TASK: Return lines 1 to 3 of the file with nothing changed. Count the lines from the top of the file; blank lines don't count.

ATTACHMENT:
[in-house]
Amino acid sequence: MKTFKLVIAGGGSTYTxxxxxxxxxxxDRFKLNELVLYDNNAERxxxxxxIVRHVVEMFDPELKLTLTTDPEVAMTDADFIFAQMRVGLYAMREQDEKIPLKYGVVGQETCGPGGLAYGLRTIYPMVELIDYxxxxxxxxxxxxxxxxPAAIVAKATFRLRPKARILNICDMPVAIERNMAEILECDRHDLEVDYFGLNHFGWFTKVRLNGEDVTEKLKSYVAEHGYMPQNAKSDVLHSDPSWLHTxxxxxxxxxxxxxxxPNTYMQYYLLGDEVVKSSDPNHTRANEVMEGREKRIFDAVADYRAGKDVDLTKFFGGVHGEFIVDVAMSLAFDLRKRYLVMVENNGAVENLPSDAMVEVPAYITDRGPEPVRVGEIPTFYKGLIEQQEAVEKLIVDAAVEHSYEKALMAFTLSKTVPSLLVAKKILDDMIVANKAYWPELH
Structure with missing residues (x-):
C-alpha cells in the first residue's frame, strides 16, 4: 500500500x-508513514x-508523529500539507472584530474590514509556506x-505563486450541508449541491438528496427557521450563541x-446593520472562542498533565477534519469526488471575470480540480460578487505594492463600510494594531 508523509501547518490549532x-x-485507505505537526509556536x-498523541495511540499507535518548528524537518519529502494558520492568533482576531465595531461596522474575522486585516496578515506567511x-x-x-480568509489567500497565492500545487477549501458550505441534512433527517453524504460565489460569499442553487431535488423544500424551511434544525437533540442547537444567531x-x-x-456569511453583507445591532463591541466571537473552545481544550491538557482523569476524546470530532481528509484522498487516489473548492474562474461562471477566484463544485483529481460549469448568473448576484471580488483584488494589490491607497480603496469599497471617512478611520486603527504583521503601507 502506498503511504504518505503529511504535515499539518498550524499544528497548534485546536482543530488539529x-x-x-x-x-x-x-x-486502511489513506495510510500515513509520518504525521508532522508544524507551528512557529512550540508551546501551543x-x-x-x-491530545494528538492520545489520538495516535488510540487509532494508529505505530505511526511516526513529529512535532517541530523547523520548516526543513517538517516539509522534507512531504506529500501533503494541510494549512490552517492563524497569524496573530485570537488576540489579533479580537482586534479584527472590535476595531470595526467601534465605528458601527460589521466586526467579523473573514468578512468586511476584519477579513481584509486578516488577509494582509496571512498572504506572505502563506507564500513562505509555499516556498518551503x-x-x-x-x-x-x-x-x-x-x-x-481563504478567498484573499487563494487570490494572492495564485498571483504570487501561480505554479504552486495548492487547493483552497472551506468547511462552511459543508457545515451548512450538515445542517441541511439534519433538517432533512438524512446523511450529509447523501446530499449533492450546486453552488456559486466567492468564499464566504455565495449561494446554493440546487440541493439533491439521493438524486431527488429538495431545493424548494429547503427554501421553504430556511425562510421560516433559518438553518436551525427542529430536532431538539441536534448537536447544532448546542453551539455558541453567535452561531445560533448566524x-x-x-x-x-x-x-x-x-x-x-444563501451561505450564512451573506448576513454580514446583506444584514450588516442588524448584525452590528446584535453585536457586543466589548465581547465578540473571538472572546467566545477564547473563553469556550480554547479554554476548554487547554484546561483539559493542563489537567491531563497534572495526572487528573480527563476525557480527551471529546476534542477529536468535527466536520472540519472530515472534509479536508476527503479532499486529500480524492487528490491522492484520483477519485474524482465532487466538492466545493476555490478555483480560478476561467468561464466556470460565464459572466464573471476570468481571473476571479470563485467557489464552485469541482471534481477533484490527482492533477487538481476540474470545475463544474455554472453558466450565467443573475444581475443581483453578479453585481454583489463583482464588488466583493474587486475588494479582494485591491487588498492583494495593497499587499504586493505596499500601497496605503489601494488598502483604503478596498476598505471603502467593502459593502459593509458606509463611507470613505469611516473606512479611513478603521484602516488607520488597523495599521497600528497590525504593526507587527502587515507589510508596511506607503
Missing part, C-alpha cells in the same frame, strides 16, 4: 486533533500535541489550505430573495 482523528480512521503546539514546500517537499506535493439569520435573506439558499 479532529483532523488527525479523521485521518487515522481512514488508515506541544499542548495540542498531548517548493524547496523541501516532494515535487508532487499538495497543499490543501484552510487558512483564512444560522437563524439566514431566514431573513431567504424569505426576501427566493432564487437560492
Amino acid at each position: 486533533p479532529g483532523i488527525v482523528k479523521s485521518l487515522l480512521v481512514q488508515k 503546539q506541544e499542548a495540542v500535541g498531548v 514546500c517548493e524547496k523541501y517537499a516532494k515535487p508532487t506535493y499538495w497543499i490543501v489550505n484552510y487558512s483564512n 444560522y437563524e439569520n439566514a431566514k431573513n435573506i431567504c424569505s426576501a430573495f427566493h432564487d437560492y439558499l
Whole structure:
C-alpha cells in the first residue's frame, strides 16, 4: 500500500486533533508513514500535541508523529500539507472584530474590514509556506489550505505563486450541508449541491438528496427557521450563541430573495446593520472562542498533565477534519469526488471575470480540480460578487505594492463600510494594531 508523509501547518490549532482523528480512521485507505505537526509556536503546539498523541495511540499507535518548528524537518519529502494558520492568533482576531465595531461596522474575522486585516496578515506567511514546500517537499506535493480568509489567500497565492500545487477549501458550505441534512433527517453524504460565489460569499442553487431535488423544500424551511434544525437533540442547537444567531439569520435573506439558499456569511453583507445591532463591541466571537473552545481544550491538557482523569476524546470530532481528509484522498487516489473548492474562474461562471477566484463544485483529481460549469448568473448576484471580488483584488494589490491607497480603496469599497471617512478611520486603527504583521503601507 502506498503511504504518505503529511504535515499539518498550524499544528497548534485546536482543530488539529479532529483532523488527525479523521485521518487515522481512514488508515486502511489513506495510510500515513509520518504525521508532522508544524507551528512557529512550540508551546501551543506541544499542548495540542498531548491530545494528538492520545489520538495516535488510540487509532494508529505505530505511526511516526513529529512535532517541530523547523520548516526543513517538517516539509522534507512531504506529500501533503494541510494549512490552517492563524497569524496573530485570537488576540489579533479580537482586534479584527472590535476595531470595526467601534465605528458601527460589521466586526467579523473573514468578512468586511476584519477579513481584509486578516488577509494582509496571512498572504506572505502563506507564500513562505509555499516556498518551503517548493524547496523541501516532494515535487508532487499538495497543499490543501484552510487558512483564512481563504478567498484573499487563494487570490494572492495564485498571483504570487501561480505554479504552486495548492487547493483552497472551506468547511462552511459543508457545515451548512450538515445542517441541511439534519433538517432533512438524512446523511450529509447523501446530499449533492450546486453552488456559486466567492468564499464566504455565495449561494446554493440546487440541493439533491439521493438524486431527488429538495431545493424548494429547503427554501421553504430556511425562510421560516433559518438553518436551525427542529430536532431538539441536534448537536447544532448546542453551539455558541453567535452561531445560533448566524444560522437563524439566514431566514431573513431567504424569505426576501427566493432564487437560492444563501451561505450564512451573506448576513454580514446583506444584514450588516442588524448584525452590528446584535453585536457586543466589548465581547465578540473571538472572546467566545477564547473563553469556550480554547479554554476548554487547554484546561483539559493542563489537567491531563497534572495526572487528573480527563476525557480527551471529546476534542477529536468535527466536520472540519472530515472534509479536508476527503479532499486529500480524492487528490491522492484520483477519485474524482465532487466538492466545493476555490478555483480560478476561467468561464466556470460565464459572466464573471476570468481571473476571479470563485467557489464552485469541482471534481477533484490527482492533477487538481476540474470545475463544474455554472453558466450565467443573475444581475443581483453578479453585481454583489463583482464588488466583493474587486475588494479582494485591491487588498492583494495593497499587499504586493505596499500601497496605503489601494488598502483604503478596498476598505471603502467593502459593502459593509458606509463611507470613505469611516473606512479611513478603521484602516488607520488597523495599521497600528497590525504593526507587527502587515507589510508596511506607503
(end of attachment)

[in-house]
Amino acid sequence: MKTFKLVIAGGGSTYTxxxxxxxxxxxDRFKLNELVLYDNNAERxxxxxxIVRHVVEMFDPELKLTLTTDPEVAMTDADFIFAQMRVGLYAMREQDEKIPLKYGVVGQETCGPGGLAYGLRTIYPMVELIDYxxxxxxxxxxxxxxxxPAAIVAKATFRLRPKARILNICDMPVAIERNMAEILECDRHDLEVDYFGLNHFGWFTKVRLNGEDVTEKLKSYVAEHGYMPQNAKSDVLHSDPSWLHTxxxxxxxxxxxxxxxPNTYMQYYLLGDEVVKSSDPNHTRANEVMEGREKRIFDAVADYRAGKDVDLTKFFGGVHGEFIVDVAMSLAFDLRKRYLVMVENNGAVENLPSDAMVEVPAYITDRGPEPVRVGEIPTFYKGLIEQQEAVEKLIVDAAVEHSYEKALMAFTLSKTVPSLLVAKKILDDMIVANKAYWPELH
Structure with missing residues (x-):